Nov 02

Audivi vocem [I heard a voice] (Jeremiah 40:10, Matthew 25:6) – Thomas Tallis

350px-thomas_tallisMusic text:

I heard a voice coming from heaven: Come, all ye most wise virgins, store up oil in your vessels, until the bridegroom cometh. A cry goes up at midnight: Behold, the bridegroom cometh.

Source of text:
Jeremiah 40:10, Matthew 25:6

10 As for me, behold, I will dwell at Mizpah, to serve the Chaldeans, which will come unto us: but ye, gather ye wine, and summer fruits, and oil, and put them in your vessels, and dwell in your cities that ye have taken.

And at midnight there was a cry made, Behold, the bridegroom cometh; go ye out to meet him.

Audivi vocem, motet composed by Thomas Tallis (1505-1585)


Performed by New York Polyphony

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Audivi Vocem / From the Album Tudor City / New York Polyphony / Avie Records

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A Tallis Anthology composed by Thomas Tallis (1505-1585). Edited by John Milsom. Arranged by Milsom. For Mixed Choir. Mixed Voices. Sacred. Choral Collection. 128 pages. Published by Oxford University Press

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Sep 07

Verily, verily I say unto you (John 6:53-56) – Thomas Tallis

Thomas Tallis, c. 1505–1585

Thomas Tallis, c. 1505–1585 (Photo credit: Wikipedia)

John 6:53-56

53 Then Jesus said unto them, Verily, verily, I say unto you, Except ye eat the flesh of the Son of man, and drink his blood, ye have no life in you.

54 Whoso eateth my flesh, and drinketh my blood, hath eternal life; and I will raise him up at the last day.

55 For my flesh is meat indeed, and my blood is drink indeed.

56 He that eateth my flesh, and drinketh my blood, dwelleth in me, and I in him.

Verily, verily I say unto you, composed by Thomas Tallis (1505-1585)


Performed by St. Joseph choir of Wekerle. Gergely Kaposi conducts the orchestra of Matthias Church.

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Tallis: Verily, verily I say unto you / The Tallis Scholars sing Thomas Tallis: Spem in alium / Gimell Records

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A Tallis Anthology composed by Thomas Tallis (1505-1585). Edited by John Milsom. Arranged by Milsom. For Mixed Choir. Mixed Voices. Sacred. Choral Collection. 128 pages. Published by Oxford University Press (OU.9780193534100). 

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Choral Public Domain Library

Nov 18

God grant with grace (Psalm 67:1-2) – Thomas Tallis

 

Archbishop Matthew Parker (1504-1575)

Archbishop Matthew Parker (1504-1575) (Image via Wikipedia)

Psalm 67:1-2

God be merciful unto us, and bless us; and cause his face to shine upon us; Selah.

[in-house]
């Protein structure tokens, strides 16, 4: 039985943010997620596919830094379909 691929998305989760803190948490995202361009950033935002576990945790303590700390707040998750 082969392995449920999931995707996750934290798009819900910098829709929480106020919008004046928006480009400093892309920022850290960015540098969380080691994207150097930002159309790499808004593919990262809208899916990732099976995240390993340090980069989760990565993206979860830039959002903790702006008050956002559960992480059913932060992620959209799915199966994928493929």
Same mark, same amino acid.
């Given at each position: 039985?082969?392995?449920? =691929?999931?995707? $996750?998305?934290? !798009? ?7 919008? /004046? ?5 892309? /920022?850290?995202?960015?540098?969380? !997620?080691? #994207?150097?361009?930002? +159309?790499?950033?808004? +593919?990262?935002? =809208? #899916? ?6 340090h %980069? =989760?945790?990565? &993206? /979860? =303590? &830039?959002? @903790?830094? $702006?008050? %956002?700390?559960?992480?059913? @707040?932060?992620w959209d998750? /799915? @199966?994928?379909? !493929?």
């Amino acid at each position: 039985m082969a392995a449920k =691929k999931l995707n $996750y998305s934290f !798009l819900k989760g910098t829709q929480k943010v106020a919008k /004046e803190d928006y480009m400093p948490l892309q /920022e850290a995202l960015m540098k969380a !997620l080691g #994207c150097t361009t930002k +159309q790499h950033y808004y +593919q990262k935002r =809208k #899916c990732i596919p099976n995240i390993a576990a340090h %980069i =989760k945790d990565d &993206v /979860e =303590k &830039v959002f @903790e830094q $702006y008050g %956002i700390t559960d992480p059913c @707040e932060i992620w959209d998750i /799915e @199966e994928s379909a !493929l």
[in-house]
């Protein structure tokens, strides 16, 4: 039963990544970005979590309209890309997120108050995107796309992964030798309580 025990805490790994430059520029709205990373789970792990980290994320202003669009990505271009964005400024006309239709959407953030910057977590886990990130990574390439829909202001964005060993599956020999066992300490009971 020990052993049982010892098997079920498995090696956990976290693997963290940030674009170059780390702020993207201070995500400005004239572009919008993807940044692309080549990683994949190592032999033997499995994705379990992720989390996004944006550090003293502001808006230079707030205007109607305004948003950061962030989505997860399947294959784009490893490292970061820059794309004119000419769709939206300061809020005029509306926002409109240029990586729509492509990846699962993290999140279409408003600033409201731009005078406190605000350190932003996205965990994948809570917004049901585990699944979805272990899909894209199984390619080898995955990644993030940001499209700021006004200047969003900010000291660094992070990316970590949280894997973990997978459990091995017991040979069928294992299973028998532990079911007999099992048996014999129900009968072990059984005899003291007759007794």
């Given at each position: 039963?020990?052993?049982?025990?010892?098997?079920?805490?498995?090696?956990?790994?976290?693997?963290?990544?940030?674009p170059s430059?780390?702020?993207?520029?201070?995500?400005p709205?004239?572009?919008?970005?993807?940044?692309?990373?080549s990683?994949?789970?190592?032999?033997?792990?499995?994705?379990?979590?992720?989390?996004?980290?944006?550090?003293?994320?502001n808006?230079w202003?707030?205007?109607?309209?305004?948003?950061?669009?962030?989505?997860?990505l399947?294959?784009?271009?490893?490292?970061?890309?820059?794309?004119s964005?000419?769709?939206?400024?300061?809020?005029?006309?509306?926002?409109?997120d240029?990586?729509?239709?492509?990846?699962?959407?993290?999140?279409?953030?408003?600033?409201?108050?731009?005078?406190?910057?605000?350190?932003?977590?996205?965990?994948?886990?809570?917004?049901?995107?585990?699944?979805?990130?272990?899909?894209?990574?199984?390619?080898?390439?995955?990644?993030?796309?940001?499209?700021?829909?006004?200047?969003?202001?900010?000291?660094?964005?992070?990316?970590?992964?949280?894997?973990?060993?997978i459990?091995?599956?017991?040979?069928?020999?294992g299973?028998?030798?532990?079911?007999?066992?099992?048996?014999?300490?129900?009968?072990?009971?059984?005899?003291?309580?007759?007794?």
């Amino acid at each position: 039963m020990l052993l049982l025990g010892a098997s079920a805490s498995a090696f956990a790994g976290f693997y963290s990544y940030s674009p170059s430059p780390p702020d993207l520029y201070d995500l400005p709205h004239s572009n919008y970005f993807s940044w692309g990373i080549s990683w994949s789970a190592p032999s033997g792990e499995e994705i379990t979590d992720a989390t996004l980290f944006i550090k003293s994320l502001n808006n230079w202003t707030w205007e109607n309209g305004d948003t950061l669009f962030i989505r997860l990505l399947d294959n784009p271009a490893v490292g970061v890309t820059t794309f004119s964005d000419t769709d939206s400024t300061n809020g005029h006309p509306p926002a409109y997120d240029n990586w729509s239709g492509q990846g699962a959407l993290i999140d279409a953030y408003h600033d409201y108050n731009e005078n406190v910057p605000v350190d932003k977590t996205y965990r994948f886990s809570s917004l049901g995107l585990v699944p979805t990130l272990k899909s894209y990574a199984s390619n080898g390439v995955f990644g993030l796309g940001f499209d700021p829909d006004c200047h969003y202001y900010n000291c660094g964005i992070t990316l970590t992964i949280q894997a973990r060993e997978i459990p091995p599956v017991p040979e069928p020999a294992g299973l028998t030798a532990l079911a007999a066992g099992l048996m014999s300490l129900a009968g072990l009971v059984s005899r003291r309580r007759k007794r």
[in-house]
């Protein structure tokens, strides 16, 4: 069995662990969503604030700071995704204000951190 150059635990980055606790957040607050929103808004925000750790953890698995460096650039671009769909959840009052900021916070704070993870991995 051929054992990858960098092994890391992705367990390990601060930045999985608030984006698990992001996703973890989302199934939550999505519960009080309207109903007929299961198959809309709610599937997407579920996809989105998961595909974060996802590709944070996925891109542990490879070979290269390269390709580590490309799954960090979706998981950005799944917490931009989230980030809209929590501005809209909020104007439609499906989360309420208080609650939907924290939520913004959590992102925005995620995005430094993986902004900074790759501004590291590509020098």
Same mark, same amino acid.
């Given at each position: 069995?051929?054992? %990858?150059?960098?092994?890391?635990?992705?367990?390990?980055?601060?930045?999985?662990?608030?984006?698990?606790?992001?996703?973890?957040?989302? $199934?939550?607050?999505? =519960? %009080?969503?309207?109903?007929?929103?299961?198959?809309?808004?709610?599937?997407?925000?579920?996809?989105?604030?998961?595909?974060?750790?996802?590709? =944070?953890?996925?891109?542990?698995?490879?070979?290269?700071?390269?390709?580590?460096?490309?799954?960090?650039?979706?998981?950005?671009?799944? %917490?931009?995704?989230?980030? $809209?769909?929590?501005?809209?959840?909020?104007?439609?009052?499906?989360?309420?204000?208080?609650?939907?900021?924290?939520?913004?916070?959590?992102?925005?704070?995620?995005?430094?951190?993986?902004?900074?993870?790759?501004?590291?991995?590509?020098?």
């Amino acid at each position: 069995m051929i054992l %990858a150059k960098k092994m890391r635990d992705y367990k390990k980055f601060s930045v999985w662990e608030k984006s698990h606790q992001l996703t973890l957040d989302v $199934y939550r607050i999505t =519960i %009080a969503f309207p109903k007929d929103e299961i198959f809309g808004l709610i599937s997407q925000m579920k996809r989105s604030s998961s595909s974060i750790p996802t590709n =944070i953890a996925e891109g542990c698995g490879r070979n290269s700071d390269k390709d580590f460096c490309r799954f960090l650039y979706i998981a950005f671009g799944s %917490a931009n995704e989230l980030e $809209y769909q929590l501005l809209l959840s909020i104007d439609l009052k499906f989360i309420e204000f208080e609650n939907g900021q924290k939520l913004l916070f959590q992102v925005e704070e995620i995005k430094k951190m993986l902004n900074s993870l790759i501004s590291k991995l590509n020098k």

That thy way may be known upon earth, thy saving health among all nations.

[Psalter text by Archbishop of Canterbury Matthew Parker:]

God grant with grace, he us embrace,
in gentle part bless he our heart.
With loving face shine he in place,
his mercies all on us to fall.
That we thy way may know all day,
while we do sail this world so frail.
Thy health’s reward is nigh declared,
as plain as eye all gentiles spy.

God grant with grace (published in 1567), also known as “Tallis’s Canon,” the eighth of nine tunes contributed by Thomas Tallis (1505-1585) for Archbishop Parker’s Psalter. As Parker described it, “The eyghte goeth milde: in modest pace.”


Performed by Alamire, directed by David Skinner

 

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MP3: Eighth Tune: God grant with grace, performed by Stile Antico, from the album Heavenly Harmonies / Harmonia Mundi

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Oct 21

Why fumeth in fight (Psalm 2:1-2) – Thomas Tallis

 

Thomas Tallis, c. 1505–1585

Thomas Tallis, c. 1505–1585 (Image via Wikipedia)

Psalm 2:1-2

Why do the heathen rage, and the people imagine a vain thing?

The kings of the earth set themselves, and the rulers take counsel together, against the Lord, and against his anointed,

[Psalter text by Archbishop of Canterbury Matthew Parker:]

Why fum’th in fight the Gentiles spite, in fury raging stout?
Why tak’th in hand the people fond, vain things to bring about?
The Kings arise, the Lords devise, in counsels met thereto,
against the Lord with false accord, against His Christ they go.

Why fumeth in fight (published in 1567), the third of nine tunes contributed by Thomas Tallis (1505-1585) for Archbishop Parker’s Psalter. As Parker described it, “The third doth rage: and roughly bray’th.” Nearly 350 years later, it was the inspiration for Ralph Vaughan Williams’ Fantasia on a Theme by Thomas Tallis.


Performed by Alamire, directed by David Skinner


Performed by BBC Symphony Orchestra, conducted by Andrew Davis
“At the Gloucester Cathedral (where it in 1910 was played for the first time and conducted by Vaughan Williams himself)”

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MP3: Third Tune: Why fum’th in fight, performed by Stile Antico, from the album Heavenly Harmonies / Harmonia Mundi

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